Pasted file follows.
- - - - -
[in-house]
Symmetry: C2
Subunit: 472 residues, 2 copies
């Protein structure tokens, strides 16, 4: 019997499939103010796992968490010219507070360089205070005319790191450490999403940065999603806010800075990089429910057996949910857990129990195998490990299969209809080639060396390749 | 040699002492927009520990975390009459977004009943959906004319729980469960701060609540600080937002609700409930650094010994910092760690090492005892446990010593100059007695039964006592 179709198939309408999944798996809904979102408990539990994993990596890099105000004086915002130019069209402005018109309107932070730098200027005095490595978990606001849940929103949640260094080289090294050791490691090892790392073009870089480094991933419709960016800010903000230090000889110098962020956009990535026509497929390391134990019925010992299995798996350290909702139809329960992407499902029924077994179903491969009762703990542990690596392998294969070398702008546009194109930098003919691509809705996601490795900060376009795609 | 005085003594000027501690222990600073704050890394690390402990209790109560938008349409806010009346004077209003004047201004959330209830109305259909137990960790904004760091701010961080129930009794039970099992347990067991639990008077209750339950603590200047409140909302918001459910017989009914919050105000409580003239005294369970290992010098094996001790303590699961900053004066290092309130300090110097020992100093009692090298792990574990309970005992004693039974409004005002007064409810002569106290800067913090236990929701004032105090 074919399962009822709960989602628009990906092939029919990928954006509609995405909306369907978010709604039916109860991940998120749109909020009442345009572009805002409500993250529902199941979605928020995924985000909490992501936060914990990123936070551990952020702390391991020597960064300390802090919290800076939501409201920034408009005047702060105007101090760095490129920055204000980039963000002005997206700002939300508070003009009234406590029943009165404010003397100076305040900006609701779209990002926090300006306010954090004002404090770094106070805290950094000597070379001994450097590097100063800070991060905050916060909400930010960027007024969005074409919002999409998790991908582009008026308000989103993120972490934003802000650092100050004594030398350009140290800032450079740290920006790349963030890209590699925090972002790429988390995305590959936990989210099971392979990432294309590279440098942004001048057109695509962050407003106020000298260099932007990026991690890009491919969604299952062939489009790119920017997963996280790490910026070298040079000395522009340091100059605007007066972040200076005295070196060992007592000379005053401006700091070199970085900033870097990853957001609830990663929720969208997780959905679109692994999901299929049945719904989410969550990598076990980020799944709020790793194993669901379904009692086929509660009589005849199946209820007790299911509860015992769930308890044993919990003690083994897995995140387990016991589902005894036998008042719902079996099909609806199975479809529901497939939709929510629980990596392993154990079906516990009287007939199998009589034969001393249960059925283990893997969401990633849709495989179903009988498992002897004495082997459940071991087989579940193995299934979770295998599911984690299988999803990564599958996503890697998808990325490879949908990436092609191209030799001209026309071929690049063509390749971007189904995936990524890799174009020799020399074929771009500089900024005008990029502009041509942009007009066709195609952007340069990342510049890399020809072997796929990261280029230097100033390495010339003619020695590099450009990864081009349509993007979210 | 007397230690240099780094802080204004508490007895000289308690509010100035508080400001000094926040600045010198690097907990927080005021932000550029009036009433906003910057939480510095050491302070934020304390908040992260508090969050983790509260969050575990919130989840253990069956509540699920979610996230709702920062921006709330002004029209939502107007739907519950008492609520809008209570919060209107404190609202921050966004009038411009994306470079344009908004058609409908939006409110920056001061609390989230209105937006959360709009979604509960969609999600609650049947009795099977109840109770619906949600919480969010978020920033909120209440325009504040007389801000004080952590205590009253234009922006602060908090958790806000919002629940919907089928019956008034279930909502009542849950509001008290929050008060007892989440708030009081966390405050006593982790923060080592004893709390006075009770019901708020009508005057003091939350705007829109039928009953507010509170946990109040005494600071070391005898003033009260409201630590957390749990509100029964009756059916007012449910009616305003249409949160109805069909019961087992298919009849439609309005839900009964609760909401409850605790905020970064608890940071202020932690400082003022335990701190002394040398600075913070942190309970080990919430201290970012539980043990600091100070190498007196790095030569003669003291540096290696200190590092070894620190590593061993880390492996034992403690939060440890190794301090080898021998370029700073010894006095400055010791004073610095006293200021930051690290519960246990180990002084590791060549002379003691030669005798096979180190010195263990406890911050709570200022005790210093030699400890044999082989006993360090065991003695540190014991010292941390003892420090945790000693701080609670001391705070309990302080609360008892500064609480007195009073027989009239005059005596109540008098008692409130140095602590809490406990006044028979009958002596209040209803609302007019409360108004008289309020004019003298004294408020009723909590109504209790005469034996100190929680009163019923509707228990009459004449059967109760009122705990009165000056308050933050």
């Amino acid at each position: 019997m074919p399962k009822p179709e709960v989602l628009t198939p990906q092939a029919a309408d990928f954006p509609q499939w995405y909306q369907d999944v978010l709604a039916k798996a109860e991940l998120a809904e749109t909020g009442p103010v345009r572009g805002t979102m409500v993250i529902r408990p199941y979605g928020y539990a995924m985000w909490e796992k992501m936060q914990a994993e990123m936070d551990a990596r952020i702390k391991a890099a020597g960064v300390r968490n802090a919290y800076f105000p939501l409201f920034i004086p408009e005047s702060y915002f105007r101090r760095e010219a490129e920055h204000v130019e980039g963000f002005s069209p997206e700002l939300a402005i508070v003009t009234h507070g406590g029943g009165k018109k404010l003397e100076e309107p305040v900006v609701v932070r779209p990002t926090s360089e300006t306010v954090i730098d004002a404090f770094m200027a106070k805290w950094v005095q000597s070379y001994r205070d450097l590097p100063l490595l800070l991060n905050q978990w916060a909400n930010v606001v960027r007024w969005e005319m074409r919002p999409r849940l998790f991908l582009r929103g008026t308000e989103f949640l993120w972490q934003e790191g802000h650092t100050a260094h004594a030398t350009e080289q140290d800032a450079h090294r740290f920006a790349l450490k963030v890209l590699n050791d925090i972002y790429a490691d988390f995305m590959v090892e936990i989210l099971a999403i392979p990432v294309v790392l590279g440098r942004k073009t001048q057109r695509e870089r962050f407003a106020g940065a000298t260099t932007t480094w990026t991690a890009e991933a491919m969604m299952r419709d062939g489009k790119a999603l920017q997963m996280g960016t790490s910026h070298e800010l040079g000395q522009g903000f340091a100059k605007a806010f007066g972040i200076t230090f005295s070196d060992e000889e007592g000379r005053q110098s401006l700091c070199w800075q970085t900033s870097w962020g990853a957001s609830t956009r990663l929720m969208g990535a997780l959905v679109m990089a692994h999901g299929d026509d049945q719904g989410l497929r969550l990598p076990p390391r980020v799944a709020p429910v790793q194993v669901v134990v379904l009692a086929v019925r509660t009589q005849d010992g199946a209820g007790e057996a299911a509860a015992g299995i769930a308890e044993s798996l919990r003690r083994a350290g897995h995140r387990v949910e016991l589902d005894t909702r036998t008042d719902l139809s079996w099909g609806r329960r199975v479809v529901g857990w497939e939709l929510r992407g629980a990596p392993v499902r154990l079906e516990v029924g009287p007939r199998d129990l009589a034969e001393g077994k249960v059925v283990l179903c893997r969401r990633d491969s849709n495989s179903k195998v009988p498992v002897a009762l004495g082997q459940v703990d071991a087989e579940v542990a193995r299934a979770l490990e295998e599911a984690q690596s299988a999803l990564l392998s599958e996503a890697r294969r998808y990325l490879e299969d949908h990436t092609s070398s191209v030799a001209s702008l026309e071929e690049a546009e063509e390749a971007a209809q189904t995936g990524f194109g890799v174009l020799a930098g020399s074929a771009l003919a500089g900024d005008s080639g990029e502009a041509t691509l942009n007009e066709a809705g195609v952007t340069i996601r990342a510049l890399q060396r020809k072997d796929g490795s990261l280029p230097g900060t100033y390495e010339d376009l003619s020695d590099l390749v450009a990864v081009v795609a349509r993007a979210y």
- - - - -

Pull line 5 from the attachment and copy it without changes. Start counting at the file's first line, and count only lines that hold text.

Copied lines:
């Amino acid at each position: 019997m074919p399962k009822p179709e709960v989602l628009t198939p990906q092939a029919a309408d990928f954006p509609q499939w995405y909306q369907d999944v978010l709604a039916k798996a109860e991940l998120a809904e749109t909020g009442p103010v345009r572009g805002t979102m409500v993250i529902r408990p199941y979605g928020y539990a995924m985000w909490e796992k992501m936060q914990a994993e990123m936070d551990a990596r952020i702390k391991a890099a020597g960064v300390r968490n802090a919290y800076f105000p939501l409201f920034i004086p408009e005047s702060y915002f105007r101090r760095e010219a490129e920055h204000v130019e980039g963000f002005s069209p997206e700002l939300a402005i508070v003009t009234h507070g406590g029943g009165k018109k404010l003397e100076e309107p305040v900006v609701v932070r779209p990002t926090s360089e300006t306010v954090i730098d004002a404090f770094m200027a106070k805290w950094v005095q000597s070379y001994r205070d450097l590097p100063l490595l800070l991060n905050q978990w916060a909400n930010v606001v960027r007024w969005e005319m074409r919002p999409r849940l998790f991908l582009r929103g008026t308000e989103f949640l993120w972490q934003e790191g802000h650092t100050a260094h004594a030398t350009e080289q140290d800032a450079h090294r740290f920006a790349l450490k963030v890209l590699n050791d925090i972002y790429a490691d988390f995305m590959v090892e936990i989210l099971a999403i392979p990432v294309v790392l590279g440098r942004k073009t001048q057109r695509e870089r962050f407003a106020g940065a000298t260099t932007t480094w990026t991690a890009e991933a491919m969604m299952r419709d062939g489009k790119a999603l920017q997963m996280g960016t790490s910026h070298e800010l040079g000395q522009g903000f340091a100059k605007a806010f007066g972040i200076t230090f005295s070196d060992e000889e007592g000379r005053q110098s401006l700091c070199w800075q970085t900033s870097w962020g990853a957001s609830t956009r990663l929720m969208g990535a997780l959905v679109m990089a692994h999901g299929d026509d049945q719904g989410l497929r969550l990598p076990p390391r980020v799944a709020p429910v790793q194993v669901v134990v379904l009692a086929v019925r509660t009589q005849d010992g199946a209820g007790e057996a299911a509860a015992g299995i769930a308890e044993s798996l919990r003690r083994a350290g897995h995140r387990v949910e016991l589902d005894t909702r036998t008042d719902l139809s079996w099909g609806r329960r199975v479809v529901g857990w497939e939709l929510r992407g629980a990596p392993v499902r154990l079906e516990v029924g009287p007939r199998d129990l009589a034969e001393g077994k249960v059925v283990l179903c893997r969401r990633d491969s849709n495989s179903k195998v009988p498992v002897a009762l004495g082997q459940v703990d071991a087989e579940v542990a193995r299934a979770l490990e295998e599911a984690q690596s299988a999803l990564l392998s599958e996503a890697r294969r998808y990325l490879e299969d949908h990436t092609s070398s191209v030799a001209s702008l026309e071929e690049a546009e063509e390749a971007a209809q189904t995936g990524f194109g890799v174009l020799a930098g020399s074929a771009l003919a500089g900024d005008s080639g990029e502009a041509t691509l942009n007009e066709a809705g195609v952007t340069i996601r990342a510049l890399q060396r020809k072997d796929g490795s990261l280029p230097g900060t100033y390495e010339d376009l003619s020695d590099l390749v450009a990864v081009v795609a349509r993007a979210y």